Joint ASPS and ASAPS Advisory to Members on FDA's Update regarding Breast Implant-Associated ALCL
The American Society of Plastic Surgeons (ASPS) and The American Society for Aesthetic Plastic Surgery (ASAPS) would like to make their members aware of a recently issued FDA update regarding breast implants and anaplastic large cell lymphoma (ALCL), or breast implant-associated anaplastic large cell lymphoma, (BI-ALCL).
In 2011, the FDA reported a detailed analysis of 34 cases. The recent FDA update summarizes the data reported to the MAUDE database, which as of September 10, 2015, now represents 258 medical device reports (MDR)s. Based upon this, the FDA estimates total number of US cases of breast implant associated ALCL to be between 100 and 250 cases. The FDA confirms women with breast implants do not need to change their routine medical care and follow up. The FDA specifically recommends reporting all confirmed cases of ALCL and breast implants to both the FDA and the PROFILE Registry.
Where did this new information come from?
The new data appearing on the FDA website is a literature review of current BI-ALCL findings. You can find the relevant clinical information from Plastic and Reconstructive Surgery, the Journal of Clinical Oncology and JAMA.
Does ASPS or ASAPS believe there's a safety risk to women with implants?
No. BI-ALCL is an extremely rare and highly treatable type of lymphoma that can develop around breast implants. BI-ALCL is not a cancer of the breast tissue. Because BI-ALCL is so rare, there is limited data from clinical reports and more information is needed to fully understand the possible association between breast implants and ALCL.
What data is available?
According to the most recent data available, the risk of association between breast implants and ALCL is extremely low. A March 2015 study published in the journal Plastic and Reconstructive Surgery identified 173 individual patients presenting, via a world literature review, with ALCL since the issue was first reported in 1997.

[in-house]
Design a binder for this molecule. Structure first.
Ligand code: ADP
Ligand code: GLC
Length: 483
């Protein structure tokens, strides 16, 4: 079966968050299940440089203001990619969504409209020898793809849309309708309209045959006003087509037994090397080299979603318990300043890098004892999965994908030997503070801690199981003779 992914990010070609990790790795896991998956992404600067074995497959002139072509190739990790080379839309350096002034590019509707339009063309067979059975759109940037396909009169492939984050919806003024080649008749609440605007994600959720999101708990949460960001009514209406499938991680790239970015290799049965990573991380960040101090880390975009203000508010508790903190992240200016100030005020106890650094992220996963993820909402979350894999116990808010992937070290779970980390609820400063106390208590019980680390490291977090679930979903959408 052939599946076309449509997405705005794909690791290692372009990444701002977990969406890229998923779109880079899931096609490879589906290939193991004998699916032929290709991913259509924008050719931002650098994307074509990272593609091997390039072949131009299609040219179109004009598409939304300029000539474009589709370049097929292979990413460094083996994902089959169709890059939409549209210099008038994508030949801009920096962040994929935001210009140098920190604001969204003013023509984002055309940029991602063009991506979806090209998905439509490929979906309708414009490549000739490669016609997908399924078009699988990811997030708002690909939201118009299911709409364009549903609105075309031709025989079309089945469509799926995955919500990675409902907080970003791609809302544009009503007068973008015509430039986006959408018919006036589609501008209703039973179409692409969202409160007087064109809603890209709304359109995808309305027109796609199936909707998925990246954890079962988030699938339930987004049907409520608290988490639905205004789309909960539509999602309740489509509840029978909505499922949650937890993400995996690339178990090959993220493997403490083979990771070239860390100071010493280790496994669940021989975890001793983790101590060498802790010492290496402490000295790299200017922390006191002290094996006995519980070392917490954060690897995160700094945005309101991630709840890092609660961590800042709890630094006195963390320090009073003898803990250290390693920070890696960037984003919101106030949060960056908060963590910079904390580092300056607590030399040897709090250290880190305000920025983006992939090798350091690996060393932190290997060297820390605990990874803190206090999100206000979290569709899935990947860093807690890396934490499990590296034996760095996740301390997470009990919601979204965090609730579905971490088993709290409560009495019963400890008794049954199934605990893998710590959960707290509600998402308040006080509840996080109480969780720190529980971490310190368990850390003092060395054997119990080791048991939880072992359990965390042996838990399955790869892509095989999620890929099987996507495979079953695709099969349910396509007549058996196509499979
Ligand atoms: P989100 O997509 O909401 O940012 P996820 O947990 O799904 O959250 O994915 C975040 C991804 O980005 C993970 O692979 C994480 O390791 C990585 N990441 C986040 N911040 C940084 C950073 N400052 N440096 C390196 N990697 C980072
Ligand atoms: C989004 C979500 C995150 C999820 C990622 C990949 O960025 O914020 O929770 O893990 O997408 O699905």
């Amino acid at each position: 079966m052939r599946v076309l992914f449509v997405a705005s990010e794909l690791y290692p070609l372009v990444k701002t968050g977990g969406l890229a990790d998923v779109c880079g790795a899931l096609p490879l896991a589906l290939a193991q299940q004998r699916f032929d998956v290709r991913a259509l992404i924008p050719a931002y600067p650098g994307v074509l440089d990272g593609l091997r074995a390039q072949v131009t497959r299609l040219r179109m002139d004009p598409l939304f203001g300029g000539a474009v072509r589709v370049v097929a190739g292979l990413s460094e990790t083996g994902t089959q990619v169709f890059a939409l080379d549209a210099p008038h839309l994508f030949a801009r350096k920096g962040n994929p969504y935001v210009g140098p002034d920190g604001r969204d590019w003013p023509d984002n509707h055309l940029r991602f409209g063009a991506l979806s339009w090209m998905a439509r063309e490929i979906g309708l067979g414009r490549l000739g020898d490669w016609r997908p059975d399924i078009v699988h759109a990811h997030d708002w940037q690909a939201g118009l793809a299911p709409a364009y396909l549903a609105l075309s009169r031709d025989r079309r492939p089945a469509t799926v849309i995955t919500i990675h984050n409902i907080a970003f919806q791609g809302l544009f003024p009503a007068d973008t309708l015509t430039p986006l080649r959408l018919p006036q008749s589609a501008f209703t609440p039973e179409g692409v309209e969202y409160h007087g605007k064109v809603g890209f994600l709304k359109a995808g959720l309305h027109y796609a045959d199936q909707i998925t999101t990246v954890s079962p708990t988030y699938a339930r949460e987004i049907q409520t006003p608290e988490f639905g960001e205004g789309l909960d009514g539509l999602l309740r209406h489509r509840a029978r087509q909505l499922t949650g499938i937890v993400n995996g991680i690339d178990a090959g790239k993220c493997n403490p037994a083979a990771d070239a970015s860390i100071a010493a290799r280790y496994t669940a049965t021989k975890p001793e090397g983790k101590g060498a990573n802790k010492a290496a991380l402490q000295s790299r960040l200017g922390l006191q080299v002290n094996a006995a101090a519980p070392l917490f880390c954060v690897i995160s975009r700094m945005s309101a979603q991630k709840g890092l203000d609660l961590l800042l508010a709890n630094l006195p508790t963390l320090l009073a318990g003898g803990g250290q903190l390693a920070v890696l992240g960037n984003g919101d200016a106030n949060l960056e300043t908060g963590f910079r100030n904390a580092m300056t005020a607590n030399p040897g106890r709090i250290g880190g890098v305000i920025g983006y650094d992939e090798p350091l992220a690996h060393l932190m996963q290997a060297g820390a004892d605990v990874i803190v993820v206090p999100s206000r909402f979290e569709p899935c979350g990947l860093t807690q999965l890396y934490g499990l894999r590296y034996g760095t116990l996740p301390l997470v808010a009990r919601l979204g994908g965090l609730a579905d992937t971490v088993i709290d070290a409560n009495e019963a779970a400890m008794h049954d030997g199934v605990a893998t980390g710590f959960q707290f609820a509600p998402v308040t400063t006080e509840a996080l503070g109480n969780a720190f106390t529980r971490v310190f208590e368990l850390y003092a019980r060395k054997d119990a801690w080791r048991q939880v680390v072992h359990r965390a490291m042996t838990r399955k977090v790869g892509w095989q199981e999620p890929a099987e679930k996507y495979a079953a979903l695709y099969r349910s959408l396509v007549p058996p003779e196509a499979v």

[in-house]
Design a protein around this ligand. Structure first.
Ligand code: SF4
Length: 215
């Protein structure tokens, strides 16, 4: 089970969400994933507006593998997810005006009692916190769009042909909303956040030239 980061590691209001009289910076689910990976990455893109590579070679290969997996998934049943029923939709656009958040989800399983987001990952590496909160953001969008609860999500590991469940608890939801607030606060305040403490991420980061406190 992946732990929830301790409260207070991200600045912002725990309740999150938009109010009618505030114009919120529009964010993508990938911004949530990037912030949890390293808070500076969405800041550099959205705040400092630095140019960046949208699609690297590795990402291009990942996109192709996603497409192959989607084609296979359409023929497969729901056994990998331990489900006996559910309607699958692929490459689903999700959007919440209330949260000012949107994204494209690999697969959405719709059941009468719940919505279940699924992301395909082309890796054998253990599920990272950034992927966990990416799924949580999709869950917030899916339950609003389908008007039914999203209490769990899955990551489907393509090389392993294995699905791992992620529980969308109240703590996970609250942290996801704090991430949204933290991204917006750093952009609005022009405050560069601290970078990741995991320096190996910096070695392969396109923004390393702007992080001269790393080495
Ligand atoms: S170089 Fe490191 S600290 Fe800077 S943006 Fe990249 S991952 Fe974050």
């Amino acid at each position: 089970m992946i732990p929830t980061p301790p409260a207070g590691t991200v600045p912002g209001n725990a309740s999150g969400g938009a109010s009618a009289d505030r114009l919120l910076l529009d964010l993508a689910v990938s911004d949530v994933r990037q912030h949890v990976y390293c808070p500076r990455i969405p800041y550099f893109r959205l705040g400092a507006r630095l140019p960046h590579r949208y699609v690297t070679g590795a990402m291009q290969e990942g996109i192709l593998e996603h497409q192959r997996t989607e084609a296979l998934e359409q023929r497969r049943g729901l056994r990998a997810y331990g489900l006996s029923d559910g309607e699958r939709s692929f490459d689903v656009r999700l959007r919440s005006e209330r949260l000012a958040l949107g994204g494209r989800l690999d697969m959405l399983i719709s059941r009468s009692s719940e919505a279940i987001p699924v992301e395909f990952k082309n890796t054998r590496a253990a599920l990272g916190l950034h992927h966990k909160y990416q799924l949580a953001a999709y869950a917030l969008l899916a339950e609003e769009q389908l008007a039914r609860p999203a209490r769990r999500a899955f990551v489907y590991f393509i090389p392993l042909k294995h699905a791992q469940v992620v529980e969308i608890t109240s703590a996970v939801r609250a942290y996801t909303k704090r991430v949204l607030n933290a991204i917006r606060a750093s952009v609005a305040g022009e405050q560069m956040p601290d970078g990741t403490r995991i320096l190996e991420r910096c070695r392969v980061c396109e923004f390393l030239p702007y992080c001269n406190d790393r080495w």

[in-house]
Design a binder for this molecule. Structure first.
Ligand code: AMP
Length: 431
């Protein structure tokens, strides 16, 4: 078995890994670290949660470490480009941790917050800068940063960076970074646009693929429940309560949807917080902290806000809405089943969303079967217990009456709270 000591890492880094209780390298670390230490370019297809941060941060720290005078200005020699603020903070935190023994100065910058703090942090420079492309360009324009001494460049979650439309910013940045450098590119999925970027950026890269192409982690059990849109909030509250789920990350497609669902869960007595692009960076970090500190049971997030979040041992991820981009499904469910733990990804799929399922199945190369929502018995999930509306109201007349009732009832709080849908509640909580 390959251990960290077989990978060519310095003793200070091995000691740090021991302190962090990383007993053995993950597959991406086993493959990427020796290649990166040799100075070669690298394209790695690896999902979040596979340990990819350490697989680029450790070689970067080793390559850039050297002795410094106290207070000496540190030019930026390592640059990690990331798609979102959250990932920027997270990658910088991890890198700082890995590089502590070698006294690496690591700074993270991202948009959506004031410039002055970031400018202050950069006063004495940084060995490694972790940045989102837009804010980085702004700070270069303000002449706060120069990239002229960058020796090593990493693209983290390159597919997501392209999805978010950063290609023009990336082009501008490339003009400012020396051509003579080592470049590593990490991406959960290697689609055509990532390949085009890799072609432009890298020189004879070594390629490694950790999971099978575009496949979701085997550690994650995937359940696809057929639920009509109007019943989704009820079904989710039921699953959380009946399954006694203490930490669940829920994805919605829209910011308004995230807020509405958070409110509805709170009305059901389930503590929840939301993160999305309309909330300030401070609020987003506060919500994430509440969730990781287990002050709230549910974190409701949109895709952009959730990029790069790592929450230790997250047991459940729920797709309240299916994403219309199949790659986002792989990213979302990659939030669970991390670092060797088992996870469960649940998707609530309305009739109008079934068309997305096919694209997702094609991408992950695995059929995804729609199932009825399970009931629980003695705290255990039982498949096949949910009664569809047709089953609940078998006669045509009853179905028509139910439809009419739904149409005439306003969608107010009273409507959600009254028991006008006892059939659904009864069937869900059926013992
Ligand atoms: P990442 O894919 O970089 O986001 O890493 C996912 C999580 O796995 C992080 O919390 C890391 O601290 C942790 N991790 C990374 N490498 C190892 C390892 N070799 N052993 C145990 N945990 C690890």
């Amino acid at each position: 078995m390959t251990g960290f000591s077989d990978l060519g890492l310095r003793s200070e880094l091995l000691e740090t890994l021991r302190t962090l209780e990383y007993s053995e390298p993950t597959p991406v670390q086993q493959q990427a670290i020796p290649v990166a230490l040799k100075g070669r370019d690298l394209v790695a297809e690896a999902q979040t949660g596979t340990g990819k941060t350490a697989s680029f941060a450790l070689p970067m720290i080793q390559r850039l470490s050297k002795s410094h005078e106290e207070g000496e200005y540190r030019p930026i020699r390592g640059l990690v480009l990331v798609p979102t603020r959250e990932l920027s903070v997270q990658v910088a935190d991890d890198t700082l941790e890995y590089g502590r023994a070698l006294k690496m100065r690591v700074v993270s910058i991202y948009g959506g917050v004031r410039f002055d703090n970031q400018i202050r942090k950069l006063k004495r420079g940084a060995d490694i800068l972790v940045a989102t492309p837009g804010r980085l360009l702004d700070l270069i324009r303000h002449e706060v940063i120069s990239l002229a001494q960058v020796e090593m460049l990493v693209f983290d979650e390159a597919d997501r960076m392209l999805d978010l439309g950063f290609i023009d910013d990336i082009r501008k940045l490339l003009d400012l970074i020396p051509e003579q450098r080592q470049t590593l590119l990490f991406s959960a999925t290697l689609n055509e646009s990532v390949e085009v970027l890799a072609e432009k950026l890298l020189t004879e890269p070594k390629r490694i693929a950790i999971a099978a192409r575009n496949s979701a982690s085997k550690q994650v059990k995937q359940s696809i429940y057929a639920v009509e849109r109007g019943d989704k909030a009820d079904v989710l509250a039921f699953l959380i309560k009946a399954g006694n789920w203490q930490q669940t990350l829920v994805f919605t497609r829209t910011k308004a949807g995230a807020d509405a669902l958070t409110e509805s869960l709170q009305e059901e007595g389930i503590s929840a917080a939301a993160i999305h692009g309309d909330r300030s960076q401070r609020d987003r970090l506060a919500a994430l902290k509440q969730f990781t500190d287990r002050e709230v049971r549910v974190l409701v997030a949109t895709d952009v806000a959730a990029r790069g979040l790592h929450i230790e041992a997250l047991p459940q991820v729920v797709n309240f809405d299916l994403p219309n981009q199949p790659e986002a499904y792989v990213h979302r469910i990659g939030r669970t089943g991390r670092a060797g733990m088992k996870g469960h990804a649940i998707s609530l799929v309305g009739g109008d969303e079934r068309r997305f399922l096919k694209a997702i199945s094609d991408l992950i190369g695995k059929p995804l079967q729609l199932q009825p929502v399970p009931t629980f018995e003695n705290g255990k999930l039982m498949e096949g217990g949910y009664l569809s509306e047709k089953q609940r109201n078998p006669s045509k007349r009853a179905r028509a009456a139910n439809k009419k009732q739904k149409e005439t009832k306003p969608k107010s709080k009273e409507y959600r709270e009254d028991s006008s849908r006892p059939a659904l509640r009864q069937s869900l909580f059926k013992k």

Available data shows that most patients who do develop BI-ALCL have an excellent prognosis following surgical removal of the breast implants and the surrounding scar tissue capsule.
If you have a patient diagnosed with ALCL, it is important to submit case information to the PROFILE Registry
The PROFILE Registry is for the purpose of centralizing and standardizing all reports of BI-ALCL to help determine if an association exists between ALCL and women with breast implants as well as for identifying potential risk factors and disease management practices. To begin submitting case information visit www.thepsf.org/PROFILE.
For Your Patients
- Please encourage patients to follow their normal routine in medical care and follow-up.
- Ask patients to contact you if they notice pain, lumps, swelling, fluid collections or unexpected changes in breast shape, including asymmetry.
- Abnormal screening results or implant-related symptoms may result in additional testing to properly diagnose any abnormalities associated with your patient's implants. Tests and procedures could include but may not be limited to: obtaining breast seroma fluid or tissue for pathology and laboratory evaluation and surgery to remove the scar capsule around the breast implant, implant removal or implant replacement.
- In most cases, women observed changes in the look or feel of the area surrounding the implant after their initial surgical sites were fully healed.
- Considering the millions of women throughout the world with breast implants, the numbers of patients affected are very small, but continue to be investigated, collected, and confirmed. A pattern of presentation includes fluid accumulation around the implant, scar capsular contracture, and capsular mass or lymph node swelling in the armpit. Continued follow-up after any breast implant surgery is suggested and important for patient health.
- Women considering implants deserve choices and need the best information we can give them to see if they're right for them. Patients undergoing plastic surgery procedures, aesthetic or reconstructive, should be thoroughly informed of the potential risks and possible complications known to be associated with the procedure, and any device used in that procedure.
- In the extremely rare case where a diagnosis of ALCL is made, the treatment is removal of the capsule as completely as possible. ASPS and ASAPS are committed to patient safety, advancing quality of care, and practicing medicine based upon the best available scientific evidence. We will continue to monitor and review all new information as it becomes available to keep the plastic surgery community informed.
Important FDA articles regarding ALCL:
Anaplastic Large Cell Lymphoma (ALCL) »
Medical Device Reports of Breast Implants in Women with ALCL »